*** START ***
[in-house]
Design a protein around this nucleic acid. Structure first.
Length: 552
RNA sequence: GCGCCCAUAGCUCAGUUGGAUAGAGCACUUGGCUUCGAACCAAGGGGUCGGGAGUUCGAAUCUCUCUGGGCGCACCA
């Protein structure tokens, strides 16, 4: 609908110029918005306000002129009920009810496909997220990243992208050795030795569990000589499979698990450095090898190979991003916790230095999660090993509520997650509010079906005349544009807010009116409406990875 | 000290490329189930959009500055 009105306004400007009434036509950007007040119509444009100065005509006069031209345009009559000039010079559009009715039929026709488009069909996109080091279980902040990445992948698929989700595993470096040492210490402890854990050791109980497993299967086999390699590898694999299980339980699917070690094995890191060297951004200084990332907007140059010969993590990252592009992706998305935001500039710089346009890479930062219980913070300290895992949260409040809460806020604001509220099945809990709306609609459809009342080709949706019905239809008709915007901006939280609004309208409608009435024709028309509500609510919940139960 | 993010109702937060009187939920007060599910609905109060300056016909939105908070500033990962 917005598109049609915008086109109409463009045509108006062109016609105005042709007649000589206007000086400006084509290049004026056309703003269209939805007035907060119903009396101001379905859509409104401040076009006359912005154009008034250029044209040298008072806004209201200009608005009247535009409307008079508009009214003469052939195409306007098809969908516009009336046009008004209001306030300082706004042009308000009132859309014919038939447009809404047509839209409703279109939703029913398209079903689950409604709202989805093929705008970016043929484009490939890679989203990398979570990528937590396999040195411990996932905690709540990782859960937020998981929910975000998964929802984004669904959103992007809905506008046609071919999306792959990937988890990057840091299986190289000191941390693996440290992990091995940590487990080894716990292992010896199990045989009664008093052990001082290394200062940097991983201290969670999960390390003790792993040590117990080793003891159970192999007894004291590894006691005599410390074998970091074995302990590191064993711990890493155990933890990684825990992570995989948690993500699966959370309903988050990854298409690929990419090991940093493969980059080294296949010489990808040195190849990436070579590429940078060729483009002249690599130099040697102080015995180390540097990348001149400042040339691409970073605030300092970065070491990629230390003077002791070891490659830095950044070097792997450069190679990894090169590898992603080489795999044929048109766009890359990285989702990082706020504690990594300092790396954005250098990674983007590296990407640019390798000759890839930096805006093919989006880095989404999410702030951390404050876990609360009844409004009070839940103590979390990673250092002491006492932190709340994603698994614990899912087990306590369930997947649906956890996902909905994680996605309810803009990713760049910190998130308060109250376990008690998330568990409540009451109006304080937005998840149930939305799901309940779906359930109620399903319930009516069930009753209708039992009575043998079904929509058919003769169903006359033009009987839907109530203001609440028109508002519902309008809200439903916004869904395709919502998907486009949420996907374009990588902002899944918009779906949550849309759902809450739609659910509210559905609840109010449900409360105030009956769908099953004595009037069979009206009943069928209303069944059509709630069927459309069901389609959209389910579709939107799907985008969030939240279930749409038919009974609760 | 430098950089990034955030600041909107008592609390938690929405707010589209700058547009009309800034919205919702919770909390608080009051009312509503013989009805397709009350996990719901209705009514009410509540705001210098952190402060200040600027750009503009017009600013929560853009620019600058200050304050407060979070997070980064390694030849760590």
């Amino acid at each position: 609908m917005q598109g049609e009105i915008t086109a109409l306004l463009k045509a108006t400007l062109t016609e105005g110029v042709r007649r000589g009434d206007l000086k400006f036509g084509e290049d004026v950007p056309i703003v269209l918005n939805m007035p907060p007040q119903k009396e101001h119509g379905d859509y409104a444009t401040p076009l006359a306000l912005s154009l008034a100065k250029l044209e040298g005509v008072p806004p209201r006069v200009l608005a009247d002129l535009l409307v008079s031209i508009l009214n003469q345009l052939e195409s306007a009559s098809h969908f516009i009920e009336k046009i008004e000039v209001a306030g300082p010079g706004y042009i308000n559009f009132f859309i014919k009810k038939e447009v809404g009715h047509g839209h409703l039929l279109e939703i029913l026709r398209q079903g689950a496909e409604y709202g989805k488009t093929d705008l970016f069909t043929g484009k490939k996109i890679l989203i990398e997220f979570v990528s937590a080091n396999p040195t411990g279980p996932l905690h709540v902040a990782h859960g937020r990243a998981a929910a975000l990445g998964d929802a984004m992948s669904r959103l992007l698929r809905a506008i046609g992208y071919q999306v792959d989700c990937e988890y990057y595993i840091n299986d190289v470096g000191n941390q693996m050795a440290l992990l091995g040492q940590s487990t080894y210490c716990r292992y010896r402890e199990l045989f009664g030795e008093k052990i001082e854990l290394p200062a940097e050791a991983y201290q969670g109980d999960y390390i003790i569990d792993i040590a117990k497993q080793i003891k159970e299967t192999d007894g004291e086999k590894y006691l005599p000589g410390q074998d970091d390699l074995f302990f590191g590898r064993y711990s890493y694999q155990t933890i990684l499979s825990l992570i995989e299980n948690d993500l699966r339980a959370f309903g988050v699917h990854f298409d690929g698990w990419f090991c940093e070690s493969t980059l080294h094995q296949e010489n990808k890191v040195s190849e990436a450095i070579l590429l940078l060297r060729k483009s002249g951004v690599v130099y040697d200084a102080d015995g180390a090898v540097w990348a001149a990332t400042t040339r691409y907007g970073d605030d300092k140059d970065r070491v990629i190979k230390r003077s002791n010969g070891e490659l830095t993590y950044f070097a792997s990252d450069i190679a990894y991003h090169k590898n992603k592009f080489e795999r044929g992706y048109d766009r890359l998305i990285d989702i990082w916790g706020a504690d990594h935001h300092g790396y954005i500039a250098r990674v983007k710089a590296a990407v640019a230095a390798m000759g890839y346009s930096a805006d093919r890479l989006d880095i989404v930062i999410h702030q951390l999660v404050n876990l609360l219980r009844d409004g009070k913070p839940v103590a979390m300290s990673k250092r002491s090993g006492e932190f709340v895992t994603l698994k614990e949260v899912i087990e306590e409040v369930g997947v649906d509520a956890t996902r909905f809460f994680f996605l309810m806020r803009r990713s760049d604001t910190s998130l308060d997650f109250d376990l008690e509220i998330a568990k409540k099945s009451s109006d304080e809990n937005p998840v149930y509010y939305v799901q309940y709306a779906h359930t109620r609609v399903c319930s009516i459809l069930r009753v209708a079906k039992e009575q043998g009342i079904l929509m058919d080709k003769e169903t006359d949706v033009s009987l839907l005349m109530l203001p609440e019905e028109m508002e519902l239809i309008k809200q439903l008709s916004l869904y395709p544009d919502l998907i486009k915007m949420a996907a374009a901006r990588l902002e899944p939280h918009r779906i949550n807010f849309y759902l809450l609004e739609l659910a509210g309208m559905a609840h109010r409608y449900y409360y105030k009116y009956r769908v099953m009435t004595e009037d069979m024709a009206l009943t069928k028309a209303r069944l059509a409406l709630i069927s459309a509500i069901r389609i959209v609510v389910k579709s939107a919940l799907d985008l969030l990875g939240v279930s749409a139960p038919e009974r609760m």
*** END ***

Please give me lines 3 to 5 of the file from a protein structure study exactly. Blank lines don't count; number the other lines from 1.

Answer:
Length: 552
RNA sequence: GCGCCCAUAGCUCAGUUGGAUAGAGCACUUGGCUUCGAACCAAGGGGUCGGGAGUUCGAAUCUCUCUGGGCGCACCA
């Protein structure tokens, strides 16, 4: 609908110029918005306000002129009920009810496909997220990243992208050795030795569990000589499979698990450095090898190979991003916790230095999660090993509520997650509010079906005349544009807010009116409406990875 | 000290490329189930959009500055 009105306004400007009434036509950007007040119509444009100065005509006069031209345009009559000039010079559009009715039929026709488009069909996109080091279980902040990445992948698929989700595993470096040492210490402890854990050791109980497993299967086999390699590898694999299980339980699917070690094995890191060297951004200084990332907007140059010969993590990252592009992706998305935001500039710089346009890479930062219980913070300290895992949260409040809460806020604001509220099945809990709306609609459809009342080709949706019905239809008709915007901006939280609004309208409608009435024709028309509500609510919940139960 | 993010109702937060009187939920007060599910609905109060300056016909939105908070500033990962 917005598109049609915008086109109409463009045509108006062109016609105005042709007649000589206007000086400006084509290049004026056309703003269209939805007035907060119903009396101001379905859509409104401040076009006359912005154009008034250029044209040298008072806004209201200009608005009247535009409307008079508009009214003469052939195409306007098809969908516009009336046009008004209001306030300082706004042009308000009132859309014919038939447009809404047509839209409703279109939703029913398209079903689950409604709202989805093929705008970016043929484009490939890679989203990398979570990528937590396999040195411990996932905690709540990782859960937020998981929910975000998964929802984004669904959103992007809905506008046609071919999306792959990937988890990057840091299986190289000191941390693996440290992990091995940590487990080894716990292992010896199990045989009664008093052990001082290394200062940097991983201290969670999960390390003790792993040590117990080793003891159970192999007894004291590894006691005599410390074998970091074995302990590191064993711990890493155990933890990684825990992570995989948690993500699966959370309903988050990854298409690929990419090991940093493969980059080294296949010489990808040195190849990436070579590429940078060729483009002249690599130099040697102080015995180390540097990348001149400042040339691409970073605030300092970065070491990629230390003077002791070891490659830095950044070097792997450069190679990894090169590898992603080489795999044929048109766009890359990285989702990082706020504690990594300092790396954005250098990674983007590296990407640019390798000759890839930096805006093919989006880095989404999410702030951390404050876990609360009844409004009070839940103590979390990673250092002491006492932190709340994603698994614990899912087990306590369930997947649906956890996902909905994680996605309810803009990713760049910190998130308060109250376990008690998330568990409540009451109006304080937005998840149930939305799901309940779906359930109620399903319930009516069930009753209708039992009575043998079904929509058919003769169903006359033009009987839907109530203001609440028109508002519902309008809200439903916004869904395709919502998907486009949420996907374009990588902002899944918009779906949550849309759902809450739609659910509210559905609840109010449900409360105030009956769908099953004595009037069979009206009943069928209303069944059509709630069927459309069901389609959209389910579709939107799907985008969030939240279930749409038919009974609760 | 430098950089990034955030600041909107008592609390938690929405707010589209700058547009009309800034919205919702919770909390608080009051009312509503013989009805397709009350996990719901209705009514009410509540705001210098952190402060200040600027750009503009017009600013929560853009620019600058200050304050407060979070997070980064390694030849760590």